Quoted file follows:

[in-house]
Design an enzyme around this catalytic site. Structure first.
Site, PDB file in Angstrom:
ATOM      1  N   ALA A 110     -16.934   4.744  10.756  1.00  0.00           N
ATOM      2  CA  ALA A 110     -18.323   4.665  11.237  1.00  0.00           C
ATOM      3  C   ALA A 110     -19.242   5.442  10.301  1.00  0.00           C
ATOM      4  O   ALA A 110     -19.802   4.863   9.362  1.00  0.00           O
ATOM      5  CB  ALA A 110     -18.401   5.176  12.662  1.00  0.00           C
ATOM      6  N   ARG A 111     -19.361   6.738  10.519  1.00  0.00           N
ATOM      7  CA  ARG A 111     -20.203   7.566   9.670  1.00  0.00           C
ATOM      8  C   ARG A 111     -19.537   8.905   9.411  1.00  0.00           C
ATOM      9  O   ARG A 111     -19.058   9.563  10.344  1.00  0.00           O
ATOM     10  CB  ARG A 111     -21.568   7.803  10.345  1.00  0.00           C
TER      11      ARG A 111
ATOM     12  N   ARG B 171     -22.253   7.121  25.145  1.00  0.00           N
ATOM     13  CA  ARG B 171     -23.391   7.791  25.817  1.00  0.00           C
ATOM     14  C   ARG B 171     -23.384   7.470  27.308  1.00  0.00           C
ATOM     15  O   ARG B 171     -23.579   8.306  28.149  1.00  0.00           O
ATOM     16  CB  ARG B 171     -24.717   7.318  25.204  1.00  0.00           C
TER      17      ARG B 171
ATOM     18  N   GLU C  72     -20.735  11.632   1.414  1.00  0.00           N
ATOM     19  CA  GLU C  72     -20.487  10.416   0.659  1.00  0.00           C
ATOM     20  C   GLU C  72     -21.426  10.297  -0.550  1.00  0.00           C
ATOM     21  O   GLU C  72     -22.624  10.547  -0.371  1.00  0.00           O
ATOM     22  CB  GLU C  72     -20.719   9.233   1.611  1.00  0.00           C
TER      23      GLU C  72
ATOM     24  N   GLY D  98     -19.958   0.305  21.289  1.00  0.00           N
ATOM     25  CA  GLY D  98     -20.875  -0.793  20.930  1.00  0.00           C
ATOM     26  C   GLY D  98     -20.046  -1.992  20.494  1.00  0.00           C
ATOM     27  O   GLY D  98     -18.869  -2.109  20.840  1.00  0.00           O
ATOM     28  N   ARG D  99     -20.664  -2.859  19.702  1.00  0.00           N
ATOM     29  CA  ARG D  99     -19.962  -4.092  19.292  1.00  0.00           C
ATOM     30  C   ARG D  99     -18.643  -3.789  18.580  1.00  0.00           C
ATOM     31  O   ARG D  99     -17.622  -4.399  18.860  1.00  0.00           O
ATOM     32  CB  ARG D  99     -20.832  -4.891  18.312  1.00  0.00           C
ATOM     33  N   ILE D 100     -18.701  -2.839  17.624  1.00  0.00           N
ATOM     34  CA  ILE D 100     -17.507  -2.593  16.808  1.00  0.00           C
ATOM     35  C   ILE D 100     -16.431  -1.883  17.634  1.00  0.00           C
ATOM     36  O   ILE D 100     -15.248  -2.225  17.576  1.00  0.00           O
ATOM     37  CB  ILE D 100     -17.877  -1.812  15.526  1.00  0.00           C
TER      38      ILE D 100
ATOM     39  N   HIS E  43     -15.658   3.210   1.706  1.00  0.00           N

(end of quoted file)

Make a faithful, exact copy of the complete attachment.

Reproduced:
[in-house]
Design an enzyme around this catalytic site. Structure first.
Site, PDB file in Angstrom:
ATOM      1  N   ALA A 110     -16.934   4.744  10.756  1.00  0.00           N
ATOM      2  CA  ALA A 110     -18.323   4.665  11.237  1.00  0.00           C
ATOM      3  C   ALA A 110     -19.242   5.442  10.301  1.00  0.00           C
ATOM      4  O   ALA A 110     -19.802   4.863   9.362  1.00  0.00           O
ATOM      5  CB  ALA A 110     -18.401   5.176  12.662  1.00  0.00           C
ATOM      6  N   ARG A 111     -19.361   6.738  10.519  1.00  0.00           N
ATOM      7  CA  ARG A 111     -20.203   7.566   9.670  1.00  0.00           C
ATOM      8  C   ARG A 111     -19.537   8.905   9.411  1.00  0.00           C
ATOM      9  O   ARG A 111     -19.058   9.563  10.344  1.00  0.00           O
ATOM     10  CB  ARG A 111     -21.568   7.803  10.345  1.00  0.00           C
TER      11      ARG A 111
ATOM     12  N   ARG B 171     -22.253   7.121  25.145  1.00  0.00           N
ATOM     13  CA  ARG B 171     -23.391   7.791  25.817  1.00  0.00           C
ATOM     14  C   ARG B 171     -23.384   7.470  27.308  1.00  0.00           C
ATOM     15  O   ARG B 171     -23.579   8.306  28.149  1.00  0.00           O
ATOM     16  CB  ARG B 171     -24.717   7.318  25.204  1.00  0.00           C
TER      17      ARG B 171
ATOM     18  N   GLU C  72     -20.735  11.632   1.414  1.00  0.00           N
ATOM     19  CA  GLU C  72     -20.487  10.416   0.659  1.00  0.00           C
ATOM     20  C   GLU C  72     -21.426  10.297  -0.550  1.00  0.00           C
ATOM     21  O   GLU C  72     -22.624  10.547  -0.371  1.00  0.00           O
ATOM     22  CB  GLU C  72     -20.719   9.233   1.611  1.00  0.00           C
TER      23      GLU C  72
ATOM     24  N   GLY D  98     -19.958   0.305  21.289  1.00  0.00           N
ATOM     25  CA  GLY D  98     -20.875  -0.793  20.930  1.00  0.00           C
ATOM     26  C   GLY D  98     -20.046  -1.992  20.494  1.00  0.00           C
ATOM     27  O   GLY D  98     -18.869  -2.109  20.840  1.00  0.00           O
ATOM     28  N   ARG D  99     -20.664  -2.859  19.702  1.00  0.00           N
ATOM     29  CA  ARG D  99     -19.962  -4.092  19.292  1.00  0.00           C
ATOM     30  C   ARG D  99     -18.643  -3.789  18.580  1.00  0.00           C
ATOM     31  O   ARG D  99     -17.622  -4.399  18.860  1.00  0.00           O
ATOM     32  CB  ARG D  99     -20.832  -4.891  18.312  1.00  0.00           C
ATOM     33  N   ILE D 100     -18.701  -2.839  17.624  1.00  0.00           N
ATOM     34  CA  ILE D 100     -17.507  -2.593  16.808  1.00  0.00           C
ATOM     35  C   ILE D 100     -16.431  -1.883  17.634  1.00  0.00           C
ATOM     36  O   ILE D 100     -15.248  -2.225  17.576  1.00  0.00           O
ATOM     37  CB  ILE D 100     -17.877  -1.812  15.526  1.00  0.00           C
TER      38      ILE D 100
ATOM     39  N   HIS E  43     -15.658   3.210   1.706  1.00  0.00           N